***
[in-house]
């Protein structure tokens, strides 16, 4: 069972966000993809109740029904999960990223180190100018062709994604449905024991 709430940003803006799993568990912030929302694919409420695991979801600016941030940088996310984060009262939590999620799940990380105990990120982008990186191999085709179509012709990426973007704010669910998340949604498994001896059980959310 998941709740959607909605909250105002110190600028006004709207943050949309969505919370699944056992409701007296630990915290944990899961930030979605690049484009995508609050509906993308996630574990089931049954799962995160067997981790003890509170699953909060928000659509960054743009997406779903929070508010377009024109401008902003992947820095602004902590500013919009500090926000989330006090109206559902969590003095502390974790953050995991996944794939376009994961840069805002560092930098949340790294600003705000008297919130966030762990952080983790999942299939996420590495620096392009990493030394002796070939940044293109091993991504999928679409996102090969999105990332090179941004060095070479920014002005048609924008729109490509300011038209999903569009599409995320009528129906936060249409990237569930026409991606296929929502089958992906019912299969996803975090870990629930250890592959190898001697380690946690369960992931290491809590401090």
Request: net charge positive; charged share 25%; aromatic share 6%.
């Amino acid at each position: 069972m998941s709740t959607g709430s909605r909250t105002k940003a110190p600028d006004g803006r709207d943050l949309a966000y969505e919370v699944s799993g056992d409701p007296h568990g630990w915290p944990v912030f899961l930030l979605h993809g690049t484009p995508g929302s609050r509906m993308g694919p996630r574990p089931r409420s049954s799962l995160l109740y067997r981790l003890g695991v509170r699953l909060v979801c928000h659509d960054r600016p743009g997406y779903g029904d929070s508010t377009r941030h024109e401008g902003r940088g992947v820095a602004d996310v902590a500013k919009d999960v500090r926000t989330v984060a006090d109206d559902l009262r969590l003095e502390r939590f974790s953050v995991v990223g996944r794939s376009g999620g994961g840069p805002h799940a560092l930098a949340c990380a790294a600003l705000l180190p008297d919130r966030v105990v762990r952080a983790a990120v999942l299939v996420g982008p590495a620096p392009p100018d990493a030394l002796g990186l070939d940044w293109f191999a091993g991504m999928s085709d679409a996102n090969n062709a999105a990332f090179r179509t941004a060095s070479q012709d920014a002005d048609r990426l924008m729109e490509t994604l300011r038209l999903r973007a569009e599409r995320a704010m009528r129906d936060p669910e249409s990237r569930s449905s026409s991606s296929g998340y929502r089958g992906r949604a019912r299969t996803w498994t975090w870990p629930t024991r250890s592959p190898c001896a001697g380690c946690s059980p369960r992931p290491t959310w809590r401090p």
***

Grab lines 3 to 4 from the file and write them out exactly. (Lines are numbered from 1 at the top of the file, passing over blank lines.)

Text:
Request: net charge positive; charged share 25%; aromatic share 6%.
């Amino acid at each position: 069972m998941s709740t959607g709430s909605r909250t105002k940003a110190p600028d006004g803006r709207d943050l949309a966000y969505e919370v699944s799993g056992d409701p007296h568990g630990w915290p944990v912030f899961l930030l979605h993809g690049t484009p995508g929302s609050r509906m993308g694919p996630r574990p089931r409420s049954s799962l995160l109740y067997r981790l003890g695991v509170r699953l909060v979801c928000h659509d960054r600016p743009g997406y779903g029904d929070s508010t377009r941030h024109e401008g902003r940088g992947v820095a602004d996310v902590a500013k919009d999960v500090r926000t989330v984060a006090d109206d559902l009262r969590l003095e502390r939590f974790s953050v995991v990223g996944r794939s376009g999620g994961g840069p805002h799940a560092l930098a949340c990380a790294a600003l705000l180190p008297d919130r966030v105990v762990r952080a983790a990120v999942l299939v996420g982008p590495a620096p392009p100018d990493a030394l002796g990186l070939d940044w293109f191999a091993g991504m999928s085709d679409a996102n090969n062709a999105a990332f090179r179509t941004a060095s070479q012709d920014a002005d048609r990426l924008m729109e490509t994604l300011r038209l999903r973007a569009e599409r995320a704010m009528r129906d936060p669910e249409s990237r569930s449905s026409s991606s296929g998340y929502r089958g992906r949604a019912r299969t996803w498994t975090w870990p629930t024991r250890s592959p190898c001896a001697g380690c946690s059980p369960r992931p290491t959310w809590r401090p």